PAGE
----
Cracking the Case: Understanding Broken Provisionals

By: Lee Ann Brady DMD
Topic originally appeared on Dr. Brady allowed permission for igniteDDS to share with our readers

Provisionals play a pivotal role, not just in helping the patient adjust through to their final restorations, but they are helpful to us also – to fix our mistakes while we still can. 

Even though it can seem hard to face, when we find that something is wrong in the design of provisionals delivered to the patient, it’s always better to look at the positive side of the story. It’s better to fix the temporaries many times until we get them completely right rather than seeing the final restorations failing later.

I challenge you, in this moment, when a broken provisional comes into your office, to reframe the ‘problem’ as a mystery to be solved. You are the clinical detective who needs to work backward a la Sherlock Holmes to figure out ‘whodunit.’

Mystery of the Broken Anterior Provisional

Remaking and adjusting an anterior provisional from the upper right to the upper left canine (for the second time) is a horror story in the making. Before you allow that narrative to take over and call the lab to have them rush the case back, remember to rely on your intuition and technical expertise.

You may not be able to call the lab because you haven’t taken final impressions. Either way, let the provisionals tell you what the flaw in the design is, rather than believe you can run the solution show. 

A good first place to look and listen for answers is the occlusion. For example, if the patient reports that they wake up with headaches after you’ve placed the provisionals, you would want to look closely at the envelope of function. Is the patient heavy on the centrals and laterals? If so, you can begin the process of adjusting.

Methods of the Dental Detective

As you examine the issue, you may find other clues, such as that the patient is catching on the incisal edge in their return stroke from protrusive. You continue to adjust, beveling edges for a smoother transition. You leave the guidance shared between the canines and central, and keep it smooth, but even this doesn’t stop the patient from breaking the provisional.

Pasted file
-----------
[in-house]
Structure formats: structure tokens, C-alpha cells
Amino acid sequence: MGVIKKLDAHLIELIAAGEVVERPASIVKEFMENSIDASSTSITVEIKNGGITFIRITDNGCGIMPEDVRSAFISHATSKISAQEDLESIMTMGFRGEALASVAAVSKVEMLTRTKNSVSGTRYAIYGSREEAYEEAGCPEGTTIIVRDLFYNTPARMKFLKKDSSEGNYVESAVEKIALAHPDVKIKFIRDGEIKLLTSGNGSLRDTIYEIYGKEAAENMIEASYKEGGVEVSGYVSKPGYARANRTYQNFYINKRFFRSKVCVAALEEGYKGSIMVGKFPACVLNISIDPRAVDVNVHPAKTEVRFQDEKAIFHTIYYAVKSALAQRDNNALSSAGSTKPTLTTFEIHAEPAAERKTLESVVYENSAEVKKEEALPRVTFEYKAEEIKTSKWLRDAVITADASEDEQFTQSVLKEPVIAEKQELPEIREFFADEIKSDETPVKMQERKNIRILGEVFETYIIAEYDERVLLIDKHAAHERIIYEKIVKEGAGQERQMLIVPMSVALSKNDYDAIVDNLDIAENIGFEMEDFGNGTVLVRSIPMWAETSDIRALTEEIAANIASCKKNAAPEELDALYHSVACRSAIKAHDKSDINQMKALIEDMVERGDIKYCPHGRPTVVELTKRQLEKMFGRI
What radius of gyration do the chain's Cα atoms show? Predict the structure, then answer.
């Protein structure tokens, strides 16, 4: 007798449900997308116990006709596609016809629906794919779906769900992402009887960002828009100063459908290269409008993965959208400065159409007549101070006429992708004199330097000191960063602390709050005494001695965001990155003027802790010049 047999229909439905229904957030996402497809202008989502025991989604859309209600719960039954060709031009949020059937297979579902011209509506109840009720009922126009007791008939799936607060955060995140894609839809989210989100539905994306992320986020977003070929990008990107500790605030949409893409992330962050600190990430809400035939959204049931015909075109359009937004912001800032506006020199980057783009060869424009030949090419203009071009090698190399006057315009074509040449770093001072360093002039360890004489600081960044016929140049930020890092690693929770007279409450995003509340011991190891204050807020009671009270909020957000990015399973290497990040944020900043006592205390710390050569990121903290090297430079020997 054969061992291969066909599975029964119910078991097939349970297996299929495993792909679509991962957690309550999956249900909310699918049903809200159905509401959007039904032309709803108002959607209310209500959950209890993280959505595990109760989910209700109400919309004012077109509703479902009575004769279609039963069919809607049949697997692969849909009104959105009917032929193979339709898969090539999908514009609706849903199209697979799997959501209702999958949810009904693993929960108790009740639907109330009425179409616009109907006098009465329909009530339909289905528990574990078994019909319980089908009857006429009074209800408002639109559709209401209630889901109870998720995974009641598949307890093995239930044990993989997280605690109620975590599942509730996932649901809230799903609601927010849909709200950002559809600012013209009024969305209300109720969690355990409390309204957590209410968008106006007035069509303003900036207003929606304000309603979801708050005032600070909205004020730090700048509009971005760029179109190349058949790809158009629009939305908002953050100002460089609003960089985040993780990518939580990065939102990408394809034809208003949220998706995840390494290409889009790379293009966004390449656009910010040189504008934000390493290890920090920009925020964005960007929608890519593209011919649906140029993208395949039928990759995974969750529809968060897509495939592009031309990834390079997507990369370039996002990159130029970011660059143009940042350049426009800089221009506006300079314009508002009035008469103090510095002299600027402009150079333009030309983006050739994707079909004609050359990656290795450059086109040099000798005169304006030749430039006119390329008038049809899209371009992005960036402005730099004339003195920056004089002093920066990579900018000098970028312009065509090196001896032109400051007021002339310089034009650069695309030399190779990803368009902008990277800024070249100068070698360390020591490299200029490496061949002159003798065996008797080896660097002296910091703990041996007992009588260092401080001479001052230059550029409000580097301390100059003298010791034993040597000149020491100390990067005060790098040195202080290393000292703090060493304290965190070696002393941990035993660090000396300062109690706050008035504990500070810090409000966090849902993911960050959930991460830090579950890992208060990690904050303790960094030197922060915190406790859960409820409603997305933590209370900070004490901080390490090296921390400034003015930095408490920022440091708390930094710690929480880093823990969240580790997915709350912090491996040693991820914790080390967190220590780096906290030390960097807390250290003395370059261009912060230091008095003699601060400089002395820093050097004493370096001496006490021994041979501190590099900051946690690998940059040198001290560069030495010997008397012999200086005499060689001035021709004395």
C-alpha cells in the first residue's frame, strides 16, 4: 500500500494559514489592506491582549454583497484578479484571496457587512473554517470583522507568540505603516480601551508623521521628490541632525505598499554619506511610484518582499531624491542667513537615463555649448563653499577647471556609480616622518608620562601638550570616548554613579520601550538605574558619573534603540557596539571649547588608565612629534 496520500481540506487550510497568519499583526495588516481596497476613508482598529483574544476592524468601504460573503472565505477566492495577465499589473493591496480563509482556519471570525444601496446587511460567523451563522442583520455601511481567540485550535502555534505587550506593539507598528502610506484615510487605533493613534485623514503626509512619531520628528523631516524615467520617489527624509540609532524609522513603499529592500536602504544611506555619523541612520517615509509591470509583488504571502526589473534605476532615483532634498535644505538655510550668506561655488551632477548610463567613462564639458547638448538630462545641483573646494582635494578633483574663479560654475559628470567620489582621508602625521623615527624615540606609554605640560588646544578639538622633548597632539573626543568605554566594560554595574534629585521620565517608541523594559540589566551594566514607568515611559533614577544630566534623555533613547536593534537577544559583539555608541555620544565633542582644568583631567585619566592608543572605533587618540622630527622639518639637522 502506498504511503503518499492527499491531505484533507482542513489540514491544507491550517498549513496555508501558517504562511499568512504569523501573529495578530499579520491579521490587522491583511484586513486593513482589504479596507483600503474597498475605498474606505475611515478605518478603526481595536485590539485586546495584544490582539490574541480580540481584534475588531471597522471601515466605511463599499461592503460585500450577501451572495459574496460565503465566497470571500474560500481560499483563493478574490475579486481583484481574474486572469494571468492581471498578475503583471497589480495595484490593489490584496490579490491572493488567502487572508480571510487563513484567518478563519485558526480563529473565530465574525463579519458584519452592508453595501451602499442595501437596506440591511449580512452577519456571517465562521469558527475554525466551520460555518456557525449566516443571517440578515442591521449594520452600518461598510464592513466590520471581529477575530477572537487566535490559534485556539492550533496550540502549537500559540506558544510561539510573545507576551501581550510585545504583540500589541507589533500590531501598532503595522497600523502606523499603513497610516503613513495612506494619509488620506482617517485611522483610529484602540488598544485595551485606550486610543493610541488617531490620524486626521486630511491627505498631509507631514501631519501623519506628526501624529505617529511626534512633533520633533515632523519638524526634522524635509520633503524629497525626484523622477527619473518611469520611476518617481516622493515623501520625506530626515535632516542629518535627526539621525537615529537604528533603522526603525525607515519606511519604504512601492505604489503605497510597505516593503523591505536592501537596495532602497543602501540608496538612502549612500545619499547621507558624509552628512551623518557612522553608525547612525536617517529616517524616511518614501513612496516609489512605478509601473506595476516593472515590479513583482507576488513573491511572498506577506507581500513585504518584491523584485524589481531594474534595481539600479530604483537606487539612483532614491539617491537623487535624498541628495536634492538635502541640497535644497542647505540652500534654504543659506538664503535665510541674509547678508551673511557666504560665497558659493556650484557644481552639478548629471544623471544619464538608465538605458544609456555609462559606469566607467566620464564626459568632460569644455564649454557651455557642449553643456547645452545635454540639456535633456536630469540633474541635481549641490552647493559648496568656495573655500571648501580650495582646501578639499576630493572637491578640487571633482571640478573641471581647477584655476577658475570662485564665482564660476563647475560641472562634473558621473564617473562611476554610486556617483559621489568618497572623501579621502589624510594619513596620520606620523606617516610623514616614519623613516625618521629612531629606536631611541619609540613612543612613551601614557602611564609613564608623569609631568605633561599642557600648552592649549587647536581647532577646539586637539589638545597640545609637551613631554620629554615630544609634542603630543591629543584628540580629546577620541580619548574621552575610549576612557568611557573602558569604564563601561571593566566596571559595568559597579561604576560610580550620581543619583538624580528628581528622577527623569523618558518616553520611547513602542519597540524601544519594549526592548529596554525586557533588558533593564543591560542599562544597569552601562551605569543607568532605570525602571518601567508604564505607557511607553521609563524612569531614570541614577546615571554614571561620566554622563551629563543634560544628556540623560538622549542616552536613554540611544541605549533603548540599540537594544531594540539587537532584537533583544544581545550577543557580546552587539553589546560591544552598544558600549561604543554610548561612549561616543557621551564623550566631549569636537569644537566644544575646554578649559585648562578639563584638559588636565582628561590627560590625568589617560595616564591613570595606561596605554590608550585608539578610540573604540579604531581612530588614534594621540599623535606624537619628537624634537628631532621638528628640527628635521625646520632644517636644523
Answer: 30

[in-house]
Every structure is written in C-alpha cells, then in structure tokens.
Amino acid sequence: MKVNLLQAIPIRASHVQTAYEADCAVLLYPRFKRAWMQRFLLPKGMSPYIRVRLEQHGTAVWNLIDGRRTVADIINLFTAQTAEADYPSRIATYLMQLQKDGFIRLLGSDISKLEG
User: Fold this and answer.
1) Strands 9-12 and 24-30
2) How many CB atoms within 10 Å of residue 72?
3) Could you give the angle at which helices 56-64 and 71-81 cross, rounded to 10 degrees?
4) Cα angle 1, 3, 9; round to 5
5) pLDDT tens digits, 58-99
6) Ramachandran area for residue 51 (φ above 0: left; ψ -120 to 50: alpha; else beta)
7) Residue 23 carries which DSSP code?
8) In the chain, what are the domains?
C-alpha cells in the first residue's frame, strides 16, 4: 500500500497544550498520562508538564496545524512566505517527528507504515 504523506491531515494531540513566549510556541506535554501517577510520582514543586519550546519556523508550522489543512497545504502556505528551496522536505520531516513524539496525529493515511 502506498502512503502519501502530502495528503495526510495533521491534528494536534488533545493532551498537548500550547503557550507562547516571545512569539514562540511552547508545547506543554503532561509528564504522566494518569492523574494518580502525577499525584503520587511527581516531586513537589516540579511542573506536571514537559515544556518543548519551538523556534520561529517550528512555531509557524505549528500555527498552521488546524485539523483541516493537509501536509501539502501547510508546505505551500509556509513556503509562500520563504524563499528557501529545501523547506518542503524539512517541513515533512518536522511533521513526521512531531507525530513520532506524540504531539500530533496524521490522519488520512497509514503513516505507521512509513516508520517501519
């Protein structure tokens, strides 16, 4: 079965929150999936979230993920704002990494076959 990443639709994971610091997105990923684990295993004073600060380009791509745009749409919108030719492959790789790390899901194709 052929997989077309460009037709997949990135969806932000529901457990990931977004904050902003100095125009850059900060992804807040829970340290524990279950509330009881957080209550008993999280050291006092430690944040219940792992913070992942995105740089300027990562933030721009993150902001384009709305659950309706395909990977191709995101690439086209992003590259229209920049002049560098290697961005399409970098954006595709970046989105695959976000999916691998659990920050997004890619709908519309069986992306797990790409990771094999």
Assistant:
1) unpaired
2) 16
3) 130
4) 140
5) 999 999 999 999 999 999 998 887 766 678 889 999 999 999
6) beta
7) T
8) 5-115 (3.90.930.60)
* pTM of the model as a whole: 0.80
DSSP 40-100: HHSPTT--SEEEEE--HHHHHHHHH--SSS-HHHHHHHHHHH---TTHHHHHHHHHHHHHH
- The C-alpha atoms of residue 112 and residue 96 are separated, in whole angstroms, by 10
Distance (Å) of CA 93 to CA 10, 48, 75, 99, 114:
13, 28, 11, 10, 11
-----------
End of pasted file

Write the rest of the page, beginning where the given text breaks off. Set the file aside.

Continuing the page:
If you’ve ever seen or read a good detective story, you know this isn’t the time to quit. When things seem most opaque, the detective is usually at a breaking point where the parts might finally start to fit together. Once they do this, the floodgates open and they rush toward the explanation.

You will reach this point while adjusting again. In response to what you’ve learned, you begin to shallow the patient’s guidance and share protrusive with the premolars. You decide to shorten lower anteriors and increase overjet by proclining the restoration. Here, you’ve come to the solution. You need to work it out on an articulator perhaps and then go back to the mouth.

The main lesson is that we have the most to learn from cases that don’t go perfectly. Plus, it would get pretty boring if there were no dental mysteries left to solve …

If you love to expand your knowledge about occlusion so you can create more predictable provisionals for your patients and treat every other occlusion problem of your patients confidently, explore the The Essential Series at The Pankey Institute, a world-leading dental education. 

Dr. Lee Ann Brady

Dr. Lee Ann Brady

Dr. Lee Ann Brady lives in Phoenix, Arizona with her husband Kelly and three children Sarah, Jenna and Kyle. She owns Desert Sun Smiles Dental Care, a private restorative practice in Glendale, Arizona. Outside of her private practice, Dr. Brady is the Director of Education for The Pankey Institute, recognized for hands-on education programs focused on occlusion and restorative dentistry. She is the founder and lead curator of Restorative Nation, a supportive learning community for dentists.